1. 1. l‘/ li3l['fl Aiendts Learning from Mistakes: Recent Court decisions on failed gambling licensing procedures By Martin Arendts, Attorney—at—Law in several court cases. the Court ofjustice otithe European Union (CIEU) has developed detailed criteria on how gambling licenses can be grained under law. Recently. in several Member States of the EU, respectively the national courts were called to apply these criteria. In Germany, Austria and l. iechtensl’ein courts held that national gambling licensing procedures did not tultill the transparency criteria under EU law, expressly quoting the relevant case-law of the (Ill-EU. 'lhcy thcrcforc revoked decisions to grant casino licenses or stopped a licensing procedure. in Liechtenstein, the State Court decided that selection criteria for the single casino license had to be published before the deadline to apply fora license. Quite similarly. the Austrian Federal Administrative Court revoked decisions of the Austrian Ministry ofF nance to grant new casino licenses in three cases, also arguing that the licensing procedures were not transparent enough. With regard to the sports betting licensing procedure in Germany. several courts pointed to the transparency requirements under EU law and ell": -cti'cly stopped the licensing procedure in interim protection proceedings. , arguing that these requirements were not fullilled. Criteria of the CJEU: guidelines for licensing procedures From the basic freedoms and the principles ofequal treatment and non-discrimination. the CIEU formed a concept of ow gambling licenses should be awarded under i-‘U la . As the main part otthis concept, the (Ill-ZU developed a very detailed obligation ot’ transparency {specially afi er the Costa decision, in which the CIEU recapitulated the criteria, these guidelines can be regarded as settled case-law (and already have been quoted by several national courts). In its decisions ot'2l July 2315, the Austrian Federal Administrative Court argued that the CJEU had siilliciciitly clarified the legal situation. in its upcoming lnci: decision (Case C-336/1-'1) the CJEU might clarity further details. ‘the (LIEU argues with the ellectiveness of lit. ‘ law. requesting etfcctivcjudicial rcview. lhcrehy, the CJEU connects material law with procedural law as it points to the obligation ofthe licensing authorities to exercise their powers ofdiscretion in a transparent manner, so that the impartiality of the procedures can be monitored al'terwards by a court. According to the Cll-IU. the licensing procedure has to be transparent and must be based on objective, non-discriminatory criteria known in advance. Ll') First of all, the obligation oftransparency concerns the authority. A duty oftransparency shall enable the authority to ensure that the principles otiequal treatment and non-discrimination are complied with. s Additionally, in order to enable the impartiality of the procedures to be monitored, the authority has to base each decision on reasoning which is accessible. Apart from that, transparency is even more important for potential applicants. The whole licensing procedure must be transparent, in order to allow competition and the impartiality ofthe licensing procedures to be reviewed. The obligation / X'e"d‘_ Ni: tianz«, - witfloui l4dHs: )u‘e'i(', - LIEU '9 . ’J| ?i ide on vie so . . iirensivig pio(r‘du'e in Ge'iviai, , [cit Si)iIn[;2Q1§ 2/» 2 for a $i. m‘Yarv at mass criteria see / ve'ir1‘s_(iiiideiir1e', tor gamniing JKPWSPS i. mii= - cu aw [Git win» zoiv, 16 3 < IEU, t]E(iSi(7’7 mi 16 February 2012 - lomed 1 uses Costa and k Ilv’i'ie 7211:» and ( 777/10 1. $. "i()'lIng [xrnange decision pm 50, t dH‘lP’1 Media t. u,in k1rI‘ISl(ifl, Dara 81 (mm derision, gave so 5 [(1 ((VVYVTlISS>C'I » i: alyv(~2f:0i0L, pa'a 2; European Gaming Lawyer I Autumnlssoe I 2015 l 31 , ... . eééiakuffliist
  2. 2. of transparency implies that all the conditions and detailed rules of the licensing procedure must be drawn up in a clear, precise and unequivocal manner. To review this requirement, the CIEU refers to a “reasonably informed tenderer exercising ordinary care" as a standard. This “reasonably informed tenderer” should understand the exact significance of the conditions and rules and interpret them in the same way. Liechtenstein: cancellation of the casino license In January 2012. the Liechtenstein government granted Wolfgang Egger, one of the two applicants, the license for the single casino licence under the Liechtenstein Gaming Act (Geldspielgesetz). The deadline for the casino licence application was 31 March 2011. An evaluation sheet with the detailed selection criteria were notified with the government afterwards in April 2011. but not published. The two applications received by the deadline were ranked according to the points scheme of the evaluation sheet. The other applicant, which was not awarded the licence, filed an action against the decision of the government to award the licence to the applicant with the higher points (177132 out ofa total 2405, compared to 1744.0] points for the plaintiff). The Administrative Court of Liechtenstein held that the procedure did not fulfil the lared the n its decision, the Administrative Court of Liechtenstein extensively quoted the Costa decision and applied the criteria of the CIEU. The fact that the weighting of the selection criteria transparency criteria and licence to be null and void. was determined retroactively infringed the requirement of “criteria known in advancéa) The applicants could not foresee how the different criteria were evaluated in the selection process, as they did not know the points scheme. Even the suspicion of a biased beliaviotir. caused by the non-objective determination of selection criteria, could amount to a b§gch of the prohibition of discrimination. lhe court pointed to the fact that the identity of an applicant might be known from news coverage. Therefore, the court concluded that the licensing procedure 32 I European Gaming Lawyer | Autumn Issue I 2015 infringed the principle of equal tggtment . It mentioned that the licensing procedure had to be re-started. and the obligation of trarisparen The unsuccessful applicant appealed this decision, arguing that the licence should be granted to him instead (without a re-start of the procedure, as he was the only applicant fulfilling the licensing criteria). On the appeal, the State Court of Liechtenstein (as constitutional court) revoked the decision of the Administrative Court in December 2012*’) . However, the Administrative Court did not grant the claimant the license (but upheld its decision to cancel the de ion of the Liechtenstein governmenflie court argued that there was no sufficient weighting of the selection criteria. The claimant filed an appeal against this second decision of the Administrative Court, still arguing that the license should be granted to him. On 8 November 2013, the State Court decided to refer several questions to the EFTA Court, especially with regard to the transparency obligation under European law. It also asked the El'"l'A Court whether procedural mistakes can be remedied. In its decision of 29 August 2014. the EF’l‘A Court confirmed th ~ ‘ portance of the transparency obligationfio. a material change of the weighting of the licensing criteria was not allowed. The national court should decide on legal remedies, taking into consideration that the granting ofa license should be free of arbitrariness and discrimination. Taking the reasoning of the El"'l‘A Court into consideration, tmatc Court finally dismissed the appea . e State Court held that the decision of the Administrative Court to demand a re-start of the licensing 6 veiwairiingsgericriisnof (Von) Liechtenstein, d! (ISIOV| ol 3i.5.2oi2 - vt; H 2012/0250. 7 VGH Liechtenstein, para. 5 1 8 V(i| I Liechtenstein, para 5.2. 9 van Liechtenstein, para. 5 3 io staatsgevicnisniiv (srci-It d? L‘l5tOVI or ii December 2012, file iin. sit. .H 20121111. 11 VGH Liechtenstein, de(lS'ou 0! 3i may 2012, rile no VGH 10121030 12 Cast: D24/13 15 $rL‘. H, decision of 16 DE(emi)e! zen. file no 5rc. H zois/01.4 14 Bunaesverwatturigsgenctit, decisiovis at 11 July 1015 file no wi39 zoiosoo-1/51: W139 zoiosol. -1/7;: and W139 2oto5oB~iI7iE v W139 2o1o5oB—2/2.15. procedure was not arbitrary. ‘the perception of the Administrative Court that already the tender was so faulty that a re-start was required, was well founded. The State Court pointed to the emphasis of economic benefits (which were only mentioned as secondary aims in the law) and ofthe casino location in the tender documents (weighting of the points). The emphasis on criteria which are not accepted as justification reasons would indirectly infringe the basic freedoms. The faults in the procedure could not be remedied. A retroactive change of the licensing criteria would infringe the transparency obligation. Simply deleting the overweighted criteria would create a new procedural fault. The State Court follows the line of arguments of the Administrative Court that selection criteria cannot be changed after the deadline for the application. Here, the points scheme was significant for the decision of the government to grant Egger the license. No reason was given for the weighting of the criteria. The granting of the license was therefore unlawful. The claimant could not ask that the license was granted to him, but could only claim damages (government liability). Austria: cancellation of three casino licenses In three decisions of2l July 2015, the Austria‘! -‘ederal Administrative Court cancelled decisions of the Austrian Ministry of Finance to grant new cxfiigo licenses in Vienna and Lower Austria. "he court argued that not all selection criteria were published in advance. Although the main criteria were mentioned in the tender documents, the sub criteria (which were relevant for the final selection of the successful applicant) were not published and not notified to interested parties. The Federal Administrative Court held that all criteria and the weighting of the criteria had to be known to potential applicants, in order to enable them to prepare their applications. The court pointed to the fact that the sub criteria. used to select the successful applicant, were not even mentioned in the tender documents.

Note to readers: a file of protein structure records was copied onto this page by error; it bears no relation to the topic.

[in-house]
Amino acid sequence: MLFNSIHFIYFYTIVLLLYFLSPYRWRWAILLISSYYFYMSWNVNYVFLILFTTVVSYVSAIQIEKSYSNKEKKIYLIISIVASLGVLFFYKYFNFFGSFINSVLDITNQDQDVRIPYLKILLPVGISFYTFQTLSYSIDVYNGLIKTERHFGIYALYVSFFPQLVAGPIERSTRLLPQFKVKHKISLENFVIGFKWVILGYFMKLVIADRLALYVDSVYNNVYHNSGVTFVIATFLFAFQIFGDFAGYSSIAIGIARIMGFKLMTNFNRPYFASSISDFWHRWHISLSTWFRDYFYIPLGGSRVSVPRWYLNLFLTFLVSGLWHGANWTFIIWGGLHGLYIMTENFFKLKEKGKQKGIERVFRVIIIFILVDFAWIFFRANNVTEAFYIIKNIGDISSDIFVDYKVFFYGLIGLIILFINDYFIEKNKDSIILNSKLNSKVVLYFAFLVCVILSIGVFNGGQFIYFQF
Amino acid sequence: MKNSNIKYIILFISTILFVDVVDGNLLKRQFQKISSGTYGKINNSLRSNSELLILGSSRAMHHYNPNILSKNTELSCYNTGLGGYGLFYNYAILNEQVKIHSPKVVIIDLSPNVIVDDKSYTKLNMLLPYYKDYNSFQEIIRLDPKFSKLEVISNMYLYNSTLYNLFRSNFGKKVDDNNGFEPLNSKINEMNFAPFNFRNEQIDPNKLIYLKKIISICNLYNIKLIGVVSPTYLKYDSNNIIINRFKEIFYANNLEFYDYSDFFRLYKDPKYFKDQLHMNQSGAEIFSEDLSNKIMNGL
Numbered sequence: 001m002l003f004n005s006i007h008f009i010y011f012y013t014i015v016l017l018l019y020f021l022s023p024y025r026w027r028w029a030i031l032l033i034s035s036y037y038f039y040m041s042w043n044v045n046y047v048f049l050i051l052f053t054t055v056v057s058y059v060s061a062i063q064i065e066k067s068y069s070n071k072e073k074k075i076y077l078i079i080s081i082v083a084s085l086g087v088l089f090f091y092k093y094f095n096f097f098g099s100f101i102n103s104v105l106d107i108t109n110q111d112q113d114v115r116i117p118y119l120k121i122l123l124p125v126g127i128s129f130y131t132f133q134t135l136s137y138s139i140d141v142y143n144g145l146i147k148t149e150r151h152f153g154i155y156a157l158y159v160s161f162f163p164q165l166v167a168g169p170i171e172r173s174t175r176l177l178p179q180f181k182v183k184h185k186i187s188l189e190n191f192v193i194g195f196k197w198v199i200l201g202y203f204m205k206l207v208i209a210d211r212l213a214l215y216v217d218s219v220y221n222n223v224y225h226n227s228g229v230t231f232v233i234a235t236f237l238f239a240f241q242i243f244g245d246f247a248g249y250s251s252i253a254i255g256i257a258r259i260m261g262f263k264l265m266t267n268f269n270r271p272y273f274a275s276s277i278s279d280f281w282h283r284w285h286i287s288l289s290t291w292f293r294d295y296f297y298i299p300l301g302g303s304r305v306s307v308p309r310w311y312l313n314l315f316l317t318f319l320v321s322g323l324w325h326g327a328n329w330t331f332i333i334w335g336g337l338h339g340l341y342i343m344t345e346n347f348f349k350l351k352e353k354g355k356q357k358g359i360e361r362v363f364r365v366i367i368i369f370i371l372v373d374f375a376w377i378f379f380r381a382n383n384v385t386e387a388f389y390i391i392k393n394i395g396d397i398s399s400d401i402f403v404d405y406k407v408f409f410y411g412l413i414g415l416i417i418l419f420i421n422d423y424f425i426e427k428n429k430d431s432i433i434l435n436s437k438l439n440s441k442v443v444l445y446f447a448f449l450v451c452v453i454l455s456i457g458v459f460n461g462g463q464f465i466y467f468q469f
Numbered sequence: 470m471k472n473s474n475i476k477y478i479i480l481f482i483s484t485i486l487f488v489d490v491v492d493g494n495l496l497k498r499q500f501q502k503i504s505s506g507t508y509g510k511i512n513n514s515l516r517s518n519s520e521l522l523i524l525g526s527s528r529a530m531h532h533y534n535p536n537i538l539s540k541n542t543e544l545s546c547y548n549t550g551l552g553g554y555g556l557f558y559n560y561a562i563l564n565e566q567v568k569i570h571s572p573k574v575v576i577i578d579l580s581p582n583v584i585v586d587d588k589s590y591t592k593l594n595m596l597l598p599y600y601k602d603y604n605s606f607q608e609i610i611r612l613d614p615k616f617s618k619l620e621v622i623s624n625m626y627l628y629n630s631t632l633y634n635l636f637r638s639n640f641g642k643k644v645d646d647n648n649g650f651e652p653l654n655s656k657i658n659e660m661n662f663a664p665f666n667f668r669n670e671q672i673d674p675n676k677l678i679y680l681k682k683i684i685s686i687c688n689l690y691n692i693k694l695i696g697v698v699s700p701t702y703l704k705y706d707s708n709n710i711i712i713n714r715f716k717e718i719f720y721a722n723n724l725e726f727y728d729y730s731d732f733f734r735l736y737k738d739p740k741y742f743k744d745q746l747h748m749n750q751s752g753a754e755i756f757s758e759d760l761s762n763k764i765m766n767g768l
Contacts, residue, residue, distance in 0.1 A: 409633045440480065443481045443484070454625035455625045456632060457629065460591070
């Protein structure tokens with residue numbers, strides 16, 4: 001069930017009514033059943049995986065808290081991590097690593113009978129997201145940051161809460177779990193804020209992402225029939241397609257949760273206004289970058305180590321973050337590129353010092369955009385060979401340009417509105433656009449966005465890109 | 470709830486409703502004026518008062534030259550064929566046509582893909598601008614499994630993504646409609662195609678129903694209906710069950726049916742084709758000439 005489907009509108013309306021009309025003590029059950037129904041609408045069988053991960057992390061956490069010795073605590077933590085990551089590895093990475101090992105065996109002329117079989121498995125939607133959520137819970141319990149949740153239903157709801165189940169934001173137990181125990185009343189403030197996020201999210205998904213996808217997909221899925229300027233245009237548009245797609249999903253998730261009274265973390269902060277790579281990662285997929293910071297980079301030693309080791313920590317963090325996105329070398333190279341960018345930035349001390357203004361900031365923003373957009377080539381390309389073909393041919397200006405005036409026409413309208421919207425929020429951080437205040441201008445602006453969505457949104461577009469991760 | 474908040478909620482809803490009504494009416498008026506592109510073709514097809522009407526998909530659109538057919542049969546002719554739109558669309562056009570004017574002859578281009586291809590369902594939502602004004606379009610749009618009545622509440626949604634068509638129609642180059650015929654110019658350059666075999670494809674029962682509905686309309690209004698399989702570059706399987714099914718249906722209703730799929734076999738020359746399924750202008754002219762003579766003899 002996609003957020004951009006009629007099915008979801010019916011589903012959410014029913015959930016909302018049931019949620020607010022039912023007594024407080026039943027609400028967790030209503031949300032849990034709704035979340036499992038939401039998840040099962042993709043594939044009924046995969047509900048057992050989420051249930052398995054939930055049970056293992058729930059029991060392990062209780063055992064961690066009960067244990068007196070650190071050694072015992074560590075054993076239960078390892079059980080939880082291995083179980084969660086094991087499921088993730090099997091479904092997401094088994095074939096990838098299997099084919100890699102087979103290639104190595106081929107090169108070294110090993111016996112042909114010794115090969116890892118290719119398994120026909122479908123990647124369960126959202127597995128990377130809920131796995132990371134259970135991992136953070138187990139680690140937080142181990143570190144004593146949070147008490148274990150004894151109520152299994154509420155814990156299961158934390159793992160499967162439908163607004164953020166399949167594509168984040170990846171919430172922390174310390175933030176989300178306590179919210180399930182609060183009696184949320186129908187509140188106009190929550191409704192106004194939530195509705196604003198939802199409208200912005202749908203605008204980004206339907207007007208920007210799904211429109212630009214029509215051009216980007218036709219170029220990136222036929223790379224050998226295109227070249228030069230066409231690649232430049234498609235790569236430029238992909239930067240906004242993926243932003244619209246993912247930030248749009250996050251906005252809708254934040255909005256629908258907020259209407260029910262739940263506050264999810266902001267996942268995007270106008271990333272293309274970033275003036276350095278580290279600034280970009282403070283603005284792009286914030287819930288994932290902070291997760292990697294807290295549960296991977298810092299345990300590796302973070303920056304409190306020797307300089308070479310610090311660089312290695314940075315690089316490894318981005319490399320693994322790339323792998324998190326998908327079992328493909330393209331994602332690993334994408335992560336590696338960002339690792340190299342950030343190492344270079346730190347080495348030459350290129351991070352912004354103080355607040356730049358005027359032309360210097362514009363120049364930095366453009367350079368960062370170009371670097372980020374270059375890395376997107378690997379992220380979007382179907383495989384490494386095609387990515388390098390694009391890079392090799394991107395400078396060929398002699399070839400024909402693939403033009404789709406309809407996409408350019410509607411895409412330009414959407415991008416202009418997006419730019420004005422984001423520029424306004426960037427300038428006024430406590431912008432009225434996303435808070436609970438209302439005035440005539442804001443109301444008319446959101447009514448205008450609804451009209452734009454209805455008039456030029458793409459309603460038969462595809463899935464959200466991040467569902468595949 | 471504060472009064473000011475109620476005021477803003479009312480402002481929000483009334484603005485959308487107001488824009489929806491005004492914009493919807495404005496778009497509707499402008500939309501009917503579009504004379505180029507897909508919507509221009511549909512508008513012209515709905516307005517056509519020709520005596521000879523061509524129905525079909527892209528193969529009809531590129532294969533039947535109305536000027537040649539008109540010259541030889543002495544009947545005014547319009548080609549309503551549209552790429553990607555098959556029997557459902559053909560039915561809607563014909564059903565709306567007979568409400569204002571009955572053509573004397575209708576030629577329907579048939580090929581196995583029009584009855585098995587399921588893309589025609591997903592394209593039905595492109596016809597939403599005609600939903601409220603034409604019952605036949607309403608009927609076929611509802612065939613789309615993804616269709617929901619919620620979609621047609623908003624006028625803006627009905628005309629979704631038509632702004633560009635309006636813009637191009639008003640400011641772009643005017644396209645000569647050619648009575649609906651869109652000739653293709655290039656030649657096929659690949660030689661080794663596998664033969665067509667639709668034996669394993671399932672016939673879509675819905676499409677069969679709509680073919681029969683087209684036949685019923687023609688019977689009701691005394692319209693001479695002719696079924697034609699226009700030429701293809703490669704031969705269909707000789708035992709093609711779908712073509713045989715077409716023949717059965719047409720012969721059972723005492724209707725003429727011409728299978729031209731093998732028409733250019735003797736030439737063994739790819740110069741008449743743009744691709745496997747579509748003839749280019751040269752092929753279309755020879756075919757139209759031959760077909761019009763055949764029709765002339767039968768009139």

3. 3. The obligation of non-discrimination and transparency were therefore not fulfilled. Although the Federal Administrative Court did not allow an appeal (arguing that the legal questions were settled by the CJEU), the Austrian Ministry of Finance announced that it filed an appeal with the Federal Administrative Court of Justice (Verwaltungsgerichtshof). Germany: Licensing procedure as a “never-ending story" In 2012, Germany decided to open up its sports betting market. The new Interstate Treaty on Gambling of 201 2 contains an experimentation clause in section 10a which allows for up to 20 sports betting licences. 'lhe Hessian Ministry of the Interior was appointed to organize the sports betting licensing procedure. Even before the start of the licensing procedure, the European Commission criticized that the licensing ould therefore be specified in the tender. he criteria were not clear enough and tender for the 20 sports betting licenses was published in the Oflicial journal of the EU on 8 August 2012. However, the selection criteria were not notified and still remain a secret. Applicants which survived the first step of the licensing procedure had to assure that they were not publishing the documents (2) information memorandum and several forms). This clearly not transparent procedure has been heavily criticized already three years ago. 'lhi: gambling board (Gliicksspielkollegium). which instructs the Hessian Ministry, held secret meetings and even passed resolutions without giving any reason. One of the heavily disputed points of the licensing procedure was the question whether ODS Gmbl-I, a is tiiropeari (OmVI1I'i$|0Vl, lPtfF'0'2O Mairh 2012 in ms iV0|I'LBli0I piatedllltiZUIl/ Ul38’l)[1(‘a(lI0vtcltltl: (nrninissim to in: ii= simiisr- oil a Membei stare nniicyivig a tI'att regaining a I1P'aIlF(1 opinion) it: Vt"W»)IttlHgS5;PYI{lVl Wlesbaden, derision or 17 semerririei Zora 17 Iiossisrriei vtaiwairungsgerimishnf. decision oi 7 onntw 2014 13(lt7eVV9'Wal| UngSgFYI(hl Hamburg, decision of 22 5eptPmheV 201k :9 VE’walImgSgEIi(ht Fvanktoii am Main, decision of 27 May 2015. file nn 1 L sooziu P so vevwalrurigsgericht wiesbaaen dEclS¥t)’1 at 5 May 2015. tile no 5 t M53/rtwl joint venture of several state operators (with sports associations as minority shareholders), was allowed to participate. The gambling board could not reach a clear decision on this question (a draw vote of5 : 7 : 4). without giving any reasoning. As ODS GmbH was rankec. in the “Top 20". this decision was decisive. After several legal battles the Hessian Ministry of the Interior sent out letters to all applicants in September 2014, announcing the 20 highest ranked applicants (according to a 5,000 points scheme). Before it could issue the licenses, however, the ministry was stopped by several court decisions. 'lhe Administrative Court of Wiesbaden. /5) Hessia 1 Ministry not to issue any licenses. in a provisional order, requested the This decision was upheld by thefiyian Administrative Court of Appeal. A similar court order was pronounced by the Adm’ ‘ Hamburg. n May 2015. these decisions have been fortified by the Administrative Court of Frankfurt am Main aw Administrative Court of Wiesba en . Thc courts. inter alia, pointed to the danger that ative Court of Appeal of criteria, if not published in advance, might be adapted to the then know applicants. '1he whole procedure, not just the first step. was regarded as clearly non-transparent. Lessons Learned? As the ‘ecent cases in Germany, Austria and Liechtenstein show, mistakes are almost bound to happen (although the criteria of the CIEU were already established before the relevant deadlines). National authorities were clearly not aware what transparency in a licensing procedure would mean in detail. lust stating in the relevant act that the licensirg procedure had to be transparent and non-discriminatory certainly does not fulfill the criteria of the CJEU, if not put into practice. With regard to Germany, you might even argue that faults in the licensing procedure were included on purpose (as some states and state operators were quite happy with the status quo and did not want to open up the market). A limitation of the amount of licenses to be granted may generate even more faults. In this case. the procedure usually has to be structured in two steps (like the sports betting licensing procedure in Germany) and in a long~lasting procedure with deadlines. At least, all applicants (which eventually survive the tirst step) have to be judged according to a points scheme, in order to reach a clear ranking of the best applicants. Here, the weighting of the criteria and the awarding ofthe points will most certainly be the cause ofa legal debate. As most states still argue that gambling is not a normal economic activity, it seems to be a little bit contradictory to stress the importance of economic benelits in the selection criteria and require the applicants to hand in business plans with high profits. In order to avoid the problems associated with a points scheme. Liechtenstein has already announced that it would not re-start a licensing procedure for a single casino license, but allow an indefinite number of casinos. In Germany, the Hessian Minister of the Interior. Peter Beuth. also argued that the limitation on the amount of licenses to be granted should be abolished. Beuth advocated “qualitative licensing", meaning that every applicant which fulfilled the licensing criteria should be granted a license. With no deadlines and not need to rank applicants. this qualitative licensing would be much easier. At the moment, however, the other German states are not inclined to follow this proposal. Failed licensing procedures can turn out to be quite costly. 'l he State Court of Liechtenstein already expressly mentioned government liability, if a licensing procedure proves to be faulty. A licensing procedure, lasting for years and requiring a workload of concepts and other documents, can cost the applicants a small fortune (which they might like to get reimbursed). MARTIN ARENDTS, M. B.L. — HSG, is an expert for gaming law and EU law. He is General Member of the IMGL and can be reached by email: European Gaming Lawyer | Autumnlssue I 1015 I 33